• If a man owes a debt, and he has given his wife, his son, or his daughter [as hostage] for the money, or has handed someone over to work it off, the hostage shall do the work of the creditor’s house; but in the fourth year he shall set them free…

  • If a man has taken a wife and has not executed a marriage-contract, that woman is not a wife…

  • If a man has divorced his wife, who has not borne him children, he shall pay over to her as much money as was given for her bride-prince and the marriage-portion which she brought from her father’s house, and so shall divorce her…

  • If [a woman] has not been discreet has gone out, ruined her house, belittled her husband, she shall be divorced…

  • If a man has determined to disinherit his son and has declared before the judge, “I cut off my son,” the judge shall inquire into the son’s past, and, if the son has not committed a grave misdemeanor such as should cut him off from sonship, the father shall [not] disinherit his son…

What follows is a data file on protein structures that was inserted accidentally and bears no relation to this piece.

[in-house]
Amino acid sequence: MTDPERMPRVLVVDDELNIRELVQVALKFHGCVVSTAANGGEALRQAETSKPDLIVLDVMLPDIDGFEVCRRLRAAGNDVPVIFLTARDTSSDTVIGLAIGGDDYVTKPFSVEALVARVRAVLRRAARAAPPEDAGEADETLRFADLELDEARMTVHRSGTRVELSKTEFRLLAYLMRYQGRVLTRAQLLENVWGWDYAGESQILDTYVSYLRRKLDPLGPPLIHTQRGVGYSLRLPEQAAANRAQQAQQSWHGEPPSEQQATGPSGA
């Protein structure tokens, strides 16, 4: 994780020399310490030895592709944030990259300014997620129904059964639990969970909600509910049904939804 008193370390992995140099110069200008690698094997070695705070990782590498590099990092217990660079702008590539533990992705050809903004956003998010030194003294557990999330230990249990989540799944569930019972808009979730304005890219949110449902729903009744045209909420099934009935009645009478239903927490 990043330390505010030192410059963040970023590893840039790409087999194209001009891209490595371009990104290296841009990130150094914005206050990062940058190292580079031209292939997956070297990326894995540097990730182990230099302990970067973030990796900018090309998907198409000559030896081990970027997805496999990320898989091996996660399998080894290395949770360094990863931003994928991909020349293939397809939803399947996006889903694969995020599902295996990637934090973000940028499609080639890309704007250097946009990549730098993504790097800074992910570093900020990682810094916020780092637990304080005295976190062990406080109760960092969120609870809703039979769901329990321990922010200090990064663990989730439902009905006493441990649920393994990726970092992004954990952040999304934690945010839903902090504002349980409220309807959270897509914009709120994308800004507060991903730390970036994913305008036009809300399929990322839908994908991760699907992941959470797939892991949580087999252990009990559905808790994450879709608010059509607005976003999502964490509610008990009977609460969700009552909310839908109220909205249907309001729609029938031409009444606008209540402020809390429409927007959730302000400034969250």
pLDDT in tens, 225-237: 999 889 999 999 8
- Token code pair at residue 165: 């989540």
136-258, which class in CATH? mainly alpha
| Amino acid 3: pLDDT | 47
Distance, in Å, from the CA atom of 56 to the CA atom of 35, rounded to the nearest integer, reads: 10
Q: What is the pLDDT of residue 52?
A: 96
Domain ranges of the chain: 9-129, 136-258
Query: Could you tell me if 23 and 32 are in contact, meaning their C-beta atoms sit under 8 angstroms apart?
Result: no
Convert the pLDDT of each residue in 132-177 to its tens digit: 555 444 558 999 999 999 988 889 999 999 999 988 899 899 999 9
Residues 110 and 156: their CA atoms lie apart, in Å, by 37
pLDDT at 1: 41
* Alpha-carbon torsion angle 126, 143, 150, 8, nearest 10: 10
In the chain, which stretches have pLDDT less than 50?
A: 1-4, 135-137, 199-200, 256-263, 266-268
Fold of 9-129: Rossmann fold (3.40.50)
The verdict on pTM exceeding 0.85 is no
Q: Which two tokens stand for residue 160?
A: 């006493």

• If a son has struck his father, his hands shall be cut off.

  • If a man has knocked out the eye of a patrician, his eye shall be knocked out.

  • If he has knocked out the eye of a plebian or has broken the limb of a plebeian, he shall pay one mina of silver.

  • If he has knocked out the eye of a patrician’s servant, or broken the limb of a patrician’s servant, he shall pay half his value…

  • If a man has destroyed the eye of a man of the “gentleman” [upper] class, they shall destroy his eye. If he has broken a gentleman’s bone, they shall break his bone. If he has destroyed the eye of a commoner or broken the bone of a commoner, he shall pay one mina of silver. If he has destroyed the eye of a gentleman’s slave, or broken a bone of a gentleman’s slave, he shall pay half [the slave’s] price.

  • If a surgeon has made a [deep incision] in a gentleman with a bronze knife, and has thereby saved the gentleman’s life…he shall receive ten shekels of silver. If [the patient is] a commoner, he shall receive five shekels of silver. If [the patient is] a gentleman’s slave, the slave master shall pay the surgeon two shekels of silver.